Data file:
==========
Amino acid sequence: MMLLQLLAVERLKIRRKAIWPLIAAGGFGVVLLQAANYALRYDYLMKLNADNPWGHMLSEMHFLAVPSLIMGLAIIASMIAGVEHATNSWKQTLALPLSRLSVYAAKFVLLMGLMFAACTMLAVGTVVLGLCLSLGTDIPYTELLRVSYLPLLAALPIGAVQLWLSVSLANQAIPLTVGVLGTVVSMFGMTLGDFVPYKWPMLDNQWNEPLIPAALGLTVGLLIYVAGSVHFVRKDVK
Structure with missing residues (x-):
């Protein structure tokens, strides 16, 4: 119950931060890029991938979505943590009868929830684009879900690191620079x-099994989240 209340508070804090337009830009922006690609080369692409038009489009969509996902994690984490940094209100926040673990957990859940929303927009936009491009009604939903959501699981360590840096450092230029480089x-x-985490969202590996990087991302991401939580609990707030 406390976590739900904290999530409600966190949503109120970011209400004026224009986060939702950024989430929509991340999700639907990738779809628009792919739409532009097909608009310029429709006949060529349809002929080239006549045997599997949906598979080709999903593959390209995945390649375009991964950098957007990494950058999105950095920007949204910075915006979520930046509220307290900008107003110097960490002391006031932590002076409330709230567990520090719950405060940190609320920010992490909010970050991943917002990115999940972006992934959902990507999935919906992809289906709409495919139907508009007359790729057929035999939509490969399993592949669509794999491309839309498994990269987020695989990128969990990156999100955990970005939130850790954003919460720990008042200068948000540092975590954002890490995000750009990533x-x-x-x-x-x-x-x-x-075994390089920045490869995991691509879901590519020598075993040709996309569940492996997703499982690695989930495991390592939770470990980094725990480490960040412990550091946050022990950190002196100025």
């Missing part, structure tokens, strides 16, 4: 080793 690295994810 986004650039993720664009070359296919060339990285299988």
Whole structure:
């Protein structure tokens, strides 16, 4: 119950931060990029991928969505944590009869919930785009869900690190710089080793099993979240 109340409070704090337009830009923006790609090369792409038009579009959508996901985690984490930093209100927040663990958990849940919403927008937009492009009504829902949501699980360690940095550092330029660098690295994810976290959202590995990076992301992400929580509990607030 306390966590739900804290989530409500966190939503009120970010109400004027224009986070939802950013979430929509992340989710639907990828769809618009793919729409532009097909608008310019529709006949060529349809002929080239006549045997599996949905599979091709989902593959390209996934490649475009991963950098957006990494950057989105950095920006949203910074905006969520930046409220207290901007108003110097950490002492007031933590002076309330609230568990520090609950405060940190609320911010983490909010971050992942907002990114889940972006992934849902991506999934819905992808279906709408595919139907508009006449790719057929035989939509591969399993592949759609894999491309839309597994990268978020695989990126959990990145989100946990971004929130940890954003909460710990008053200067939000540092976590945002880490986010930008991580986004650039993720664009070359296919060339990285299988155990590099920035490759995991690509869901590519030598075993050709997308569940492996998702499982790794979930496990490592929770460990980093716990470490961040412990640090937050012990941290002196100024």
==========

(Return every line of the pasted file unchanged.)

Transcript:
Amino acid sequence: MMLLQLLAVERLKIRRKAIWPLIAAGGFGVVLLQAANYALRYDYLMKLNADNPWGHMLSEMHFLAVPSLIMGLAIIASMIAGVEHATNSWKQTLALPLSRLSVYAAKFVLLMGLMFAACTMLAVGTVVLGLCLSLGTDIPYTELLRVSYLPLLAALPIGAVQLWLSVSLANQAIPLTVGVLGTVVSMFGMTLGDFVPYKWPMLDNQWNEPLIPAALGLTVGLLIYVAGSVHFVRKDVK
Structure with missing residues (x-):
């Protein structure tokens, strides 16, 4: 119950931060890029991938979505943590009868929830684009879900690191620079x-099994989240 209340508070804090337009830009922006690609080369692409038009489009969509996902994690984490940094209100926040673990957990859940929303927009936009491009009604939903959501699981360590840096450092230029480089x-x-985490969202590996990087991302991401939580609990707030 406390976590739900904290999530409600966190949503109120970011209400004026224009986060939702950024989430929509991340999700639907990738779809628009792919739409532009097909608009310029429709006949060529349809002929080239006549045997599997949906598979080709999903593959390209995945390649375009991964950098957007990494950058999105950095920007949204910075915006979520930046509220307290900008107003110097960490002391006031932590002076409330709230567990520090719950405060940190609320920010992490909010970050991943917002990115999940972006992934959902990507999935919906992809289906709409495919139907508009007359790729057929035999939509490969399993592949669509794999491309839309498994990269987020695989990128969990990156999100955990970005939130850790954003919460720990008042200068948000540092975590954002890490995000750009990533x-x-x-x-x-x-x-x-x-075994390089920045490869995991691509879901590519020598075993040709996309569940492996997703499982690695989930495991390592939770470990980094725990480490960040412990550091946050022990950190002196100025």
């Missing part, structure tokens, strides 16, 4: 080793 690295994810 986004650039993720664009070359296919060339990285299988």
Whole structure:
């Protein structure tokens, strides 16, 4: 119950931060990029991928969505944590009869919930785009869900690190710089080793099993979240 109340409070704090337009830009923006790609090369792409038009579009959508996901985690984490930093209100927040663990958990849940919403927008937009492009009504829902949501699980360690940095550092330029660098690295994810976290959202590995990076992301992400929580509990607030 306390966590739900804290989530409500966190939503009120970010109400004027224009986070939802950013979430929509992340989710639907990828769809618009793919729409532009097909608008310019529709006949060529349809002929080239006549045997599996949905599979091709989902593959390209996934490649475009991963950098957006990494950057989105950095920006949203910074905006969520930046409220207290901007108003110097950490002492007031933590002076309330609230568990520090609950405060940190609320911010983490909010971050992942907002990114889940972006992934849902991506999934819905992808279906709408595919139907508009006449790719057929035989939509591969399993592949759609894999491309839309597994990268978020695989990126959990990145989100946990971004929130940890954003909460710990008053200067939000540092976590945002880490986010930008991580986004650039993720664009070359296919060339990285299988155990590099920035490759995991690509869901590519030598075993050709997308569940492996998702499982790794979930496990490592929770460990980093716990470490961040412990640090937050012990941290002196100024």